Father’s day in Jamaica is kind of a touchy topic. Our unconventional (read: non-capitalist) society actually hosts quite a lot of single parent households where the single parent is usually a mother. Absent fathers are part and parcel of Jamaican life; fathers who are present in their children’s lives are usually the exception and not the rule.
Theories abound as to where this structure comes from. One possible origin is the socialization of slaves during the pre-colonial era. Male slaves were not allowed to form strong family ties for fear it would undermine the system – they’d be more likely to put family above master etc. etc.
Another is the emergence of visiting relationships in the colonial and post-colonial eras secondary to male occupations. Men would have jobs that took them away from home (seafarers etc.), making it difficult to form strong family bonds. This visiting relationship would have naturally evolved into the visiting unions of today. Male-female relationships typically develop with partners sharing a sexual relationship but still maintaining separate living arrangements. This may progress to marriage or, more frequently, baby-mother status.
I’ve been lucky to have both parents in my life, and to have the majority of my acquaintance have both parents in their lives, but I’ve come to realize that this is not commonplace within our society. For most people, it is Mummy who acts as Mummy and Daddy. When that’s the case, it’s no surprise that Mother’s Day is a much grander affair than its June counterpart. (No, really. Check the marketing difference).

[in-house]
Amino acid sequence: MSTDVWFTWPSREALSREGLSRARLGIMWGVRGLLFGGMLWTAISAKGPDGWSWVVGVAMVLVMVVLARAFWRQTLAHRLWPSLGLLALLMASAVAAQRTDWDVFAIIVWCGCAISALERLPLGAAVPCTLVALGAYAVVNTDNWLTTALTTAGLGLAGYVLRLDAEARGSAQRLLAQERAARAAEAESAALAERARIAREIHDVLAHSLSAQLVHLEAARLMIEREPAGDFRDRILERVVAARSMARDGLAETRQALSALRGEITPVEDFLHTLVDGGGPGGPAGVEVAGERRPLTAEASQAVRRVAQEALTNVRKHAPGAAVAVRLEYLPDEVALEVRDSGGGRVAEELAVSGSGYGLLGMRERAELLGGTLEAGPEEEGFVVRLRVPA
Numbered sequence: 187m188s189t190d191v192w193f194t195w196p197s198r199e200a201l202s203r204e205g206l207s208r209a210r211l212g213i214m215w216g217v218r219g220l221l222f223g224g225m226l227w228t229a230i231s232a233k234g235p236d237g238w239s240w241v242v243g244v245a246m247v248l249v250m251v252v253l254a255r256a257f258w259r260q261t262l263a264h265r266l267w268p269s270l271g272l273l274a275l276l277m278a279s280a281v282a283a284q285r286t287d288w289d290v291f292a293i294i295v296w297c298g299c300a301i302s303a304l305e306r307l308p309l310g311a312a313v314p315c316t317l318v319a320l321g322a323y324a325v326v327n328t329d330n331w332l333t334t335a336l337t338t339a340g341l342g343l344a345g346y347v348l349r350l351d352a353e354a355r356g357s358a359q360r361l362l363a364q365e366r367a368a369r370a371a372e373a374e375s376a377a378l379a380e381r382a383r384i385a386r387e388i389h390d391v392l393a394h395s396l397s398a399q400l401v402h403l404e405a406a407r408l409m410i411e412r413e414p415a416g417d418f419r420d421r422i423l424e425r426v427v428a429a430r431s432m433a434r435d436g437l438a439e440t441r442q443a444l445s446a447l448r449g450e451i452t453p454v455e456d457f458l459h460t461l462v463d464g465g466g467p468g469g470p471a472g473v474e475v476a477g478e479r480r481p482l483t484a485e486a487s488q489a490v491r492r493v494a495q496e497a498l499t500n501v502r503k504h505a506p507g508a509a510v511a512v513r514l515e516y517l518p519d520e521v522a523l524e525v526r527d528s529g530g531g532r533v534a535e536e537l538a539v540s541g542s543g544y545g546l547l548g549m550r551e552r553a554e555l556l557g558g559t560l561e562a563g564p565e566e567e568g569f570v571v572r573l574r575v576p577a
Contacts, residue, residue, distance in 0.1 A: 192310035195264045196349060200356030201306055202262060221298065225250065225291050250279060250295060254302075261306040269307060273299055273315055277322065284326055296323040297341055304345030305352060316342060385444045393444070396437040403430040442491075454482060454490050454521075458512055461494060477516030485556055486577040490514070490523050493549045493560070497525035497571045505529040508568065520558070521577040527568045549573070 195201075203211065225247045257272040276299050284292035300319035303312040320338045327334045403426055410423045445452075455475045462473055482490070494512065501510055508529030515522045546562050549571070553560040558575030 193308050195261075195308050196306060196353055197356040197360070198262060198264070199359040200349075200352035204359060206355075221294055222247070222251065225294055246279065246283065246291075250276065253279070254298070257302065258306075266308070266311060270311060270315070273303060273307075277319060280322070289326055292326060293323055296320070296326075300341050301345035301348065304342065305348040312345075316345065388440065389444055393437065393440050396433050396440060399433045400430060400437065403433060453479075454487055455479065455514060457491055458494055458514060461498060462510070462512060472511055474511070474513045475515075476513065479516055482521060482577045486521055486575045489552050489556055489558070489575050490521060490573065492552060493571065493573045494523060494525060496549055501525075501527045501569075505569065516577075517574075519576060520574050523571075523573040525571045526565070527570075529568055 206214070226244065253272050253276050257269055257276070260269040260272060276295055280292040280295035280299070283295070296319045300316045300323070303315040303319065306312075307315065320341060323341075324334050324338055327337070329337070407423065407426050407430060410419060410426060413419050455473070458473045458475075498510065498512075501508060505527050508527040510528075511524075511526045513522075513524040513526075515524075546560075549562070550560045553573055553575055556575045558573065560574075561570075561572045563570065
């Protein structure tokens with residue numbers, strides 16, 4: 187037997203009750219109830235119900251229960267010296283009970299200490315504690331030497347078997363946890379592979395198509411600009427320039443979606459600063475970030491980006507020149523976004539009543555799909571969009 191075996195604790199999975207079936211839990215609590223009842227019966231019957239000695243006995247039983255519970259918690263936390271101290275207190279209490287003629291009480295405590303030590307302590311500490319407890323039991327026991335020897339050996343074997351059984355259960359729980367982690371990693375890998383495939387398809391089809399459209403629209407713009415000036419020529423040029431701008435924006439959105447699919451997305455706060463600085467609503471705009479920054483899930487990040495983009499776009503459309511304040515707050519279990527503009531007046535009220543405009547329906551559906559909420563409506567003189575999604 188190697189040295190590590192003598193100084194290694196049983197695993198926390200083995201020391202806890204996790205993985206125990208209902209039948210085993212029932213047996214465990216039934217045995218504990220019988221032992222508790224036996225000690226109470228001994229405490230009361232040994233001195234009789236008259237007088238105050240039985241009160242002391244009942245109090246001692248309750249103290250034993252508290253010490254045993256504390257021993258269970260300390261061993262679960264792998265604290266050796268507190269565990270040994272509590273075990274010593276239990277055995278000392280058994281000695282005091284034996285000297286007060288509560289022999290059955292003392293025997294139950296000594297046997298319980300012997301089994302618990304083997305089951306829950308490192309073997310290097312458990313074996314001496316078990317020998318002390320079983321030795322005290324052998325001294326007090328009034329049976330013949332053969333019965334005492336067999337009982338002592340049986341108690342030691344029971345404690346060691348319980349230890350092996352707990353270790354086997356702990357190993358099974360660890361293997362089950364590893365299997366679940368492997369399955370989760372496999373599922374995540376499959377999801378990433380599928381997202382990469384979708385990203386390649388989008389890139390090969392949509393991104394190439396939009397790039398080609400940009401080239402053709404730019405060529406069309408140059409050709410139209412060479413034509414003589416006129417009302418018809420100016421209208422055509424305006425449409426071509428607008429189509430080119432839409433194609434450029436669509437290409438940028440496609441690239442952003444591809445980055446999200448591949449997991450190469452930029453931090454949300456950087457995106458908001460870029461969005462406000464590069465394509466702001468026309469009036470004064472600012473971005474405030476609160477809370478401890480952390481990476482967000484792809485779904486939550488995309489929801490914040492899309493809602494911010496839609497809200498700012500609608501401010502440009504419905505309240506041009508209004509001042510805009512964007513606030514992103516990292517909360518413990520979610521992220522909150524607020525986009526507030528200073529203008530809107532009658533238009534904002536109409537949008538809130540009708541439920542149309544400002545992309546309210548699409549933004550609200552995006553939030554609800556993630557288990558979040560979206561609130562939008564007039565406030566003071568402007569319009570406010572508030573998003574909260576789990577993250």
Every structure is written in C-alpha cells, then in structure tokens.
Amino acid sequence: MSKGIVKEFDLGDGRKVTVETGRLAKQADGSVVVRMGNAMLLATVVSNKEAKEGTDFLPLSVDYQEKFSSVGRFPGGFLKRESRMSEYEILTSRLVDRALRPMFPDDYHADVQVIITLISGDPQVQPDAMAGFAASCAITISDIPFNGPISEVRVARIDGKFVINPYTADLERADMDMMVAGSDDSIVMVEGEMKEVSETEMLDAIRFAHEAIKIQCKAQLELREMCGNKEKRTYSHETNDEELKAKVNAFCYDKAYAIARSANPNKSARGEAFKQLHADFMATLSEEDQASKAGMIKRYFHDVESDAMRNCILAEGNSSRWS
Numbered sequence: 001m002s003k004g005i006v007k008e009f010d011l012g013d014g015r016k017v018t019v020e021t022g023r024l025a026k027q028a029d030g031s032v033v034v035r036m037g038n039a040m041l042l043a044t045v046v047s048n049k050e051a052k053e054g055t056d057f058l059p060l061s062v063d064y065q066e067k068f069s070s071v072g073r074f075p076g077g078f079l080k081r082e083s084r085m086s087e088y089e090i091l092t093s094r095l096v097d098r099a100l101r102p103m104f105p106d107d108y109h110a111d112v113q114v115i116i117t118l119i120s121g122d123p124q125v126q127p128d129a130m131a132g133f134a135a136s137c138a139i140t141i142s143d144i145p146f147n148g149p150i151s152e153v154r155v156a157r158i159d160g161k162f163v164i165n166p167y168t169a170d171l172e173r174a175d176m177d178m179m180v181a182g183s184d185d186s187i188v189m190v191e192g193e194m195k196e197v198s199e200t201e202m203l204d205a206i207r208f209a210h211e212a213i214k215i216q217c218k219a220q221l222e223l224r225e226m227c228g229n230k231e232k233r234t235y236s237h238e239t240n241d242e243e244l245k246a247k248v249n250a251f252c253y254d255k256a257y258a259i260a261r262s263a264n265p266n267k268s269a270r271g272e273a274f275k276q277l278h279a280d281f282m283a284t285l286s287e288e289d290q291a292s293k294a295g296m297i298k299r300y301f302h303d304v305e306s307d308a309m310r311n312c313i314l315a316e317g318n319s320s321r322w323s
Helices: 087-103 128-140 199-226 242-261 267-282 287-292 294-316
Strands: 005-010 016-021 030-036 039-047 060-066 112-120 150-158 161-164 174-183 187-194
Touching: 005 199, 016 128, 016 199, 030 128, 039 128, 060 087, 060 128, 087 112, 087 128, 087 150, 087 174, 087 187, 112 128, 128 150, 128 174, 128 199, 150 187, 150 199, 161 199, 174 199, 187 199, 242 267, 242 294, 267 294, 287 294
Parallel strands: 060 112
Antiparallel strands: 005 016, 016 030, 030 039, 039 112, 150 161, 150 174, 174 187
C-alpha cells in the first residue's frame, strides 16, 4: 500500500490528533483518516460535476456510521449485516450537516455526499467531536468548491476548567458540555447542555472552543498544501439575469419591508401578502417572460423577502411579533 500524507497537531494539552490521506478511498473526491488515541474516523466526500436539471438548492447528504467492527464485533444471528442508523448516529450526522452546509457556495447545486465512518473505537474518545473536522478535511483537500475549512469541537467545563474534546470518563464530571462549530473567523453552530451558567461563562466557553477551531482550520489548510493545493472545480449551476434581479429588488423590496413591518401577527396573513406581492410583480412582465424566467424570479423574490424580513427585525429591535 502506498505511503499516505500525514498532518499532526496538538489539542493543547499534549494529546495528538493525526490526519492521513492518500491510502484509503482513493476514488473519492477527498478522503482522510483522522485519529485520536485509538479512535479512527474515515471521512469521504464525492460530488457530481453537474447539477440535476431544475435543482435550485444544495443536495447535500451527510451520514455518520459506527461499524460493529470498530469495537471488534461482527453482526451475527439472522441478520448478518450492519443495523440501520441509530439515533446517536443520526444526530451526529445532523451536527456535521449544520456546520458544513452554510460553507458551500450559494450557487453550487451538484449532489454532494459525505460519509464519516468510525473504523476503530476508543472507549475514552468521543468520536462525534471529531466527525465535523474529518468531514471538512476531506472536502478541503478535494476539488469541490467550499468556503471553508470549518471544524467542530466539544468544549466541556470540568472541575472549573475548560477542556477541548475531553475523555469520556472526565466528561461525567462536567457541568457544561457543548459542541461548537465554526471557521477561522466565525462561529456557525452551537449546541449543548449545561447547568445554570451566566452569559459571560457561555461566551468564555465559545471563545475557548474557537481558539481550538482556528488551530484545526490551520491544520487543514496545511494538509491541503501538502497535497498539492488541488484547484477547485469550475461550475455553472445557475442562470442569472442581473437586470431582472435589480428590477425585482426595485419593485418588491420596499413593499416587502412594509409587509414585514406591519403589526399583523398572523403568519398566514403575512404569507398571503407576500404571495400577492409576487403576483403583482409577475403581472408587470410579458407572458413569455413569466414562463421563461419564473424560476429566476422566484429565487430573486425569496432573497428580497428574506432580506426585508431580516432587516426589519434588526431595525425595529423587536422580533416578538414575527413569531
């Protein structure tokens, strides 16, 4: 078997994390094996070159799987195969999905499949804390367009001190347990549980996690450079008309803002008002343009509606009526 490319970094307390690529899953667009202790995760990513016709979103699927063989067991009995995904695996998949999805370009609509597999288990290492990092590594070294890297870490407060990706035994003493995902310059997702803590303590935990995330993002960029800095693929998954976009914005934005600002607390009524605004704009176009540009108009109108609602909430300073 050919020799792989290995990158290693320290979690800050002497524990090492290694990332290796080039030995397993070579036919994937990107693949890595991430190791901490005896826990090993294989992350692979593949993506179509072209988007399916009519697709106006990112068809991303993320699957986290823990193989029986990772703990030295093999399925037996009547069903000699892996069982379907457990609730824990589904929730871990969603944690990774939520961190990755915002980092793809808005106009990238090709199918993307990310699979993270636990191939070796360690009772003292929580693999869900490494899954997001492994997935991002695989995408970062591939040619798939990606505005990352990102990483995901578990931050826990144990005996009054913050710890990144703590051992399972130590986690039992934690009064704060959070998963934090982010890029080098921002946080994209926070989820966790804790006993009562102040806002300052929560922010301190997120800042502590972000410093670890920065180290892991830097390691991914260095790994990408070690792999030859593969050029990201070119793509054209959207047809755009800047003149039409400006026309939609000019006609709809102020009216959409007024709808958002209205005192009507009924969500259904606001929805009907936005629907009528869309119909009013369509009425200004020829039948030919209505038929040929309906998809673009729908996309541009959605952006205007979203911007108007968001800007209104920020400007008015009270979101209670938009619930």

Far too often, men are content to sire offspring and avoid being fathers. The numerous media campaigns encouraging men to take pride in being a father to their children are depressing in their necessity. But they are necessary.
Which is why on this Father’s Day, I propose a toast, a universal salute, to all the men who are fathers biologically or otherwise. They need to know that they are appreciated.
If you take care of your sister’s kids
If you’re helping your baby mother’s first two children through school
If you’re divorced and still take care of your children
If you have to be Mummy and Daddy too
And if you’re one of the conventional Dadas who love and live with their kids, who are there for every poopy diaper and graduation day:
Happy Father’s Day, gentlemen.
Keep it up.